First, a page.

Topic: Constipation, difficult to pass stools
Studies show that surgical rates in IBS patients are increased, even though there is no evidence the procedures are beneficial. Surgery is not a treatment for IBS. Yet IBS patients are exposed to more surgical procedures than the general population: the risk is 2–3 times higher for an IBS patient to have gallbladder surgery, appendectomy or hysterectomy; and 10 times higher for colon surgery. The lack of globally effective treatments and clear explanation of the symptoms in IBS contributes to increased utilization of diagnostic testing and predisposes the IBS patients to unnecessary surgical procedures. This fact sheet provides an overview of surgeries and risks in IBS patients.Topics: Constipation, difficult to pass stools, Diarrhea, loose stools, Irritable Bowel Syndrome (IBS), Lower Abdominal Pain, Pelvic Pain
Fact Sheet: How to Prepare for Tests219In many cases, doctors can make a diagnosis of a functional gastrointestinal disorder after a careful history and examination. Often, however, there is a structural disease that must be excluded by tests that probe the gastrointestinal tract. This fact sheet reviews preparation for common tests, including sigmoidoscopy, colonoscopy, and upper gastrointestinal endoscopy.Topics: Constipation, difficult to pass stools, Irritable Bowel Syndrome (IBS), Motility, Pelvic floor disorders, Stomach Disorders, Tests, lower GI tract, Tests, upper GI tract
The most important interaction between patient and doctor is the medical history. Through listening to the story of the patient’s illness and asking relevant questions, a physician may often make a diagnosis, or at least begin to understand the nature and location of the complaint. A few easy steps can help make this process more efficient leading to prompt, more precise diagnosis and treatment. Revised January 2012.Topics: Constipation, difficult to pass stools, Diarrhea, loose stools, Incontinence, Irritable Bowel Syndrome (IBS), Lower Abdominal Pain, Pelvic Pain, Motility, Stomach Disorders, Working with your healthcare provider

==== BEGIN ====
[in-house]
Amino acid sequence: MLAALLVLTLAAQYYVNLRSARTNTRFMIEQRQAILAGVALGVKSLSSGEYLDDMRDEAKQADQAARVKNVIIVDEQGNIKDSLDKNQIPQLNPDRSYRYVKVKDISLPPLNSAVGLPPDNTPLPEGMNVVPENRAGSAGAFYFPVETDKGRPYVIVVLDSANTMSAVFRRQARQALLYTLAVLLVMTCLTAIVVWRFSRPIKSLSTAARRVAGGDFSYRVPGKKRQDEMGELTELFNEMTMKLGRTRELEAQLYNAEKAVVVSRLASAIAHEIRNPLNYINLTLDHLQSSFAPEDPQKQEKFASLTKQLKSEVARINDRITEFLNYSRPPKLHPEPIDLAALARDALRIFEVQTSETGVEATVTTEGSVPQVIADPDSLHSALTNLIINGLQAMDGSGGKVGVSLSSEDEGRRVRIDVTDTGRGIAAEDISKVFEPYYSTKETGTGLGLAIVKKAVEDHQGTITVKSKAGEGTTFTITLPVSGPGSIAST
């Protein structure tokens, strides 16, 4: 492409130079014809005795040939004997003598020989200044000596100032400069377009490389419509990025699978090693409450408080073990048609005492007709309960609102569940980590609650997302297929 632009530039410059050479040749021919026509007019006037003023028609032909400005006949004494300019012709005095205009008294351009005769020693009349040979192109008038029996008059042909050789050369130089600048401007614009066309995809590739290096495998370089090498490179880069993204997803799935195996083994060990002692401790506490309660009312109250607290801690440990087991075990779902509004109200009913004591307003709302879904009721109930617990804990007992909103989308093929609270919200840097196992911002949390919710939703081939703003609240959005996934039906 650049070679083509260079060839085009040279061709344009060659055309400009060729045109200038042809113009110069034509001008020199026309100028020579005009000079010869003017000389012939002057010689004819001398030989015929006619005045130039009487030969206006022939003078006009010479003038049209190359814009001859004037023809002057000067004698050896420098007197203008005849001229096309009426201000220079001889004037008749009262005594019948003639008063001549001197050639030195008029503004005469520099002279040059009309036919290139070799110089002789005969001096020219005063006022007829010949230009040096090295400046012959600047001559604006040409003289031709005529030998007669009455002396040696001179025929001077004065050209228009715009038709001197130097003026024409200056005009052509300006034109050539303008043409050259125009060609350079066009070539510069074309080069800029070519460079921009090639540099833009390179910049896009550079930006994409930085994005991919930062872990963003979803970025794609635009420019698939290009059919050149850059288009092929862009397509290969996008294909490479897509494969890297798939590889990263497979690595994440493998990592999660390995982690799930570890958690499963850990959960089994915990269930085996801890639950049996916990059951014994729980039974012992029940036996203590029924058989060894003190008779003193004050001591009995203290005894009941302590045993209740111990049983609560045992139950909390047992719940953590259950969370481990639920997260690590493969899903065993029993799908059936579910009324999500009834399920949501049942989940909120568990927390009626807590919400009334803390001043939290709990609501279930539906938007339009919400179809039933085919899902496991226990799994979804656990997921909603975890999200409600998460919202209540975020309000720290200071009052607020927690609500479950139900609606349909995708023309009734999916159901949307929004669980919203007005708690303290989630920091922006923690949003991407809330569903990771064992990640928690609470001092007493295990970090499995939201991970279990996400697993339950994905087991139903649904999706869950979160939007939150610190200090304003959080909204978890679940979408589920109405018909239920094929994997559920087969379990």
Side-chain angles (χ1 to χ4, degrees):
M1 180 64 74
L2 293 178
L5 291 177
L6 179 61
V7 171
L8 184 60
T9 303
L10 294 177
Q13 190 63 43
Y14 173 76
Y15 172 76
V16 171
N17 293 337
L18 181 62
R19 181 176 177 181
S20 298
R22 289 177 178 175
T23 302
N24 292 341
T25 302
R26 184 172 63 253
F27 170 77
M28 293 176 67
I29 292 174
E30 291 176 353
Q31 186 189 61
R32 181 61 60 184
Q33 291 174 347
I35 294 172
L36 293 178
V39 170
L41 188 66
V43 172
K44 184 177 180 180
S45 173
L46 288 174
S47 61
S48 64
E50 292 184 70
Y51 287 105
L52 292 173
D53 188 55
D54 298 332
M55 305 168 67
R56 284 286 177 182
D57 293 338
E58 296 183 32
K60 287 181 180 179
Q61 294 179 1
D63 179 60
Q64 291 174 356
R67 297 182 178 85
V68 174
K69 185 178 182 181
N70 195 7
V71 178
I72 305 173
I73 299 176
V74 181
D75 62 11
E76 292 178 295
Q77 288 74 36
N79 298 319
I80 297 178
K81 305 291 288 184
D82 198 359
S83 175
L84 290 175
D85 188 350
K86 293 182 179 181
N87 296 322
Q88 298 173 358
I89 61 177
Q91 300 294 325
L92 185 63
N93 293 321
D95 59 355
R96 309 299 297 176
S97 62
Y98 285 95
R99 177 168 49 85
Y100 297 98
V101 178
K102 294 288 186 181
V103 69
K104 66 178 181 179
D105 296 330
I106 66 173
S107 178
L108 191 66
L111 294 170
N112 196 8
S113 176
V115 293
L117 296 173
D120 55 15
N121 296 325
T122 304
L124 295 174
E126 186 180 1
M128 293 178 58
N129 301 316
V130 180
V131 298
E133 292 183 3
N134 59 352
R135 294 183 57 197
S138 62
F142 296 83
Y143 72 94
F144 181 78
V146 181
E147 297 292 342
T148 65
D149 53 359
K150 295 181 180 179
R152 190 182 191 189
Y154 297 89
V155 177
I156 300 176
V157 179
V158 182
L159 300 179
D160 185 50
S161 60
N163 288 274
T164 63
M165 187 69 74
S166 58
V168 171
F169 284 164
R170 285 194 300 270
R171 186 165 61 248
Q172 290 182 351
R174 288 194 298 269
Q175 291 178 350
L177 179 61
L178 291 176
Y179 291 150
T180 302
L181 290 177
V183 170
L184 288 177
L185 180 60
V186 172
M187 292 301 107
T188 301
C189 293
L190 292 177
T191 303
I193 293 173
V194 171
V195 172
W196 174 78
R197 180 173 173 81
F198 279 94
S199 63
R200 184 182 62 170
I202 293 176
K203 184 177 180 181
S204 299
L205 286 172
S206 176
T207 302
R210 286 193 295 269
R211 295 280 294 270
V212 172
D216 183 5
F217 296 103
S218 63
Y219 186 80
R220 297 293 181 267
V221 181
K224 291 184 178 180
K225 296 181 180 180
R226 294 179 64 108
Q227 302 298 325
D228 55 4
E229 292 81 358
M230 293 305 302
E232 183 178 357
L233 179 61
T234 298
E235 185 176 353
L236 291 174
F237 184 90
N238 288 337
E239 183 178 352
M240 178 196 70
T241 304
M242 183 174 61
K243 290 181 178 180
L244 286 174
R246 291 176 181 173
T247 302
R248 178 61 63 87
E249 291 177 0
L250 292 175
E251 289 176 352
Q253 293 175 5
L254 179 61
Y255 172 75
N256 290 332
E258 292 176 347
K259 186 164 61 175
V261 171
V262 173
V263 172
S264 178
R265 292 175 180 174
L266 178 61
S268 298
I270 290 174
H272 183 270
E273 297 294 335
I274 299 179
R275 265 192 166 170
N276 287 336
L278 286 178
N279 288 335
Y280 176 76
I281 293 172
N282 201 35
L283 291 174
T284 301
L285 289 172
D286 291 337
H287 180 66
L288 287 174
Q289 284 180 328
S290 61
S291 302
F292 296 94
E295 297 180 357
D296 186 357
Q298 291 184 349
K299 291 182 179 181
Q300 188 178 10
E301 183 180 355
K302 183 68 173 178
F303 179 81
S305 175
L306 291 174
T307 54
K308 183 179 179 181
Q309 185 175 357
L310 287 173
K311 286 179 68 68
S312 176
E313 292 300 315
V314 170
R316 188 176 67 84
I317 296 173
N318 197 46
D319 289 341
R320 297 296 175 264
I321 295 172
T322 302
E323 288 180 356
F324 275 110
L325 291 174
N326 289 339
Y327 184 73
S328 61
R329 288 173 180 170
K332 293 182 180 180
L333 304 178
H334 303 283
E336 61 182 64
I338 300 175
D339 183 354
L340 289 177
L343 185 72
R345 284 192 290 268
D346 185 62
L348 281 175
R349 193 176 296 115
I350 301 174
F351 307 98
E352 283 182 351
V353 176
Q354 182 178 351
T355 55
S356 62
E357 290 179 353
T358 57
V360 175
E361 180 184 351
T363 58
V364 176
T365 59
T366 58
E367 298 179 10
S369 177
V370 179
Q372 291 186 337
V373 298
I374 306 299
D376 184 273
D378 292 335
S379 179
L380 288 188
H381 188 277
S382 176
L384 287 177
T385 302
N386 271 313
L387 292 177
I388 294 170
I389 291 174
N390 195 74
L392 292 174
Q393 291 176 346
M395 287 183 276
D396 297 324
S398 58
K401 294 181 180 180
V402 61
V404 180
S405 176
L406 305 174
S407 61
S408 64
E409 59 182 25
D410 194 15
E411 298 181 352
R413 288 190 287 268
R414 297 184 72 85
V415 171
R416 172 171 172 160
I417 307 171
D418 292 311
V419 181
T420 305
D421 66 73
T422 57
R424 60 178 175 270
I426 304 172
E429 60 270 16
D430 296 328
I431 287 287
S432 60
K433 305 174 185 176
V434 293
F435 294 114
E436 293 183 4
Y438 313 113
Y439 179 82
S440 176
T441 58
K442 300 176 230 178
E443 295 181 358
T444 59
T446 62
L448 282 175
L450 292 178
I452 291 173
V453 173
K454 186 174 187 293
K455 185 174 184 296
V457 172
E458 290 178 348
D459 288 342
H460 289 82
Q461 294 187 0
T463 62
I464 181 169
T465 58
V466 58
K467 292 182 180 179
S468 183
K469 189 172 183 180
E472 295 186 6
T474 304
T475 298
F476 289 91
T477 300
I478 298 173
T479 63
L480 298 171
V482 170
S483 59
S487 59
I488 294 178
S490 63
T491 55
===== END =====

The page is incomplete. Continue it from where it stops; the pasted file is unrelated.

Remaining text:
Fact Sheet: Is There a Health Benefit From High Colonics?228
By: Thomas Puetz, MD
Is there a health benefit from high colonics? Are there risks? This article will help you understand how the bowels function and whether or not there is a role for high colonics.Topics: Bacteria, gut flora, bowel, CAM, Complementary & Alternative Treatments, Clinical Corner, Constipation, difficult to pass stools, Digestive System, Irritable Bowel Syndrome (IBS), Treatment
By: Thomas Puetz, MD
Colonoscopy is currently our most effective means of reducing the incidence of colon cancer, but only slightly over one-third of eligible persons elect to have a colonoscopy. With the inconvenience and expense of colonoscopy incurred, one should expect and receive a thorough examination. This article outlines some way to ensure that your colonoscopy is performed correctly and thoroughly.Topics: Clinical Corner, colonoscopy, Constipation, difficult to pass stools, diagnosis, Diarrhea, loose stools, Irritable Bowel Syndrome (IBS), Motility, Other Disorders/Symptoms, Tests, lower GI tract, Working with your healthcare provider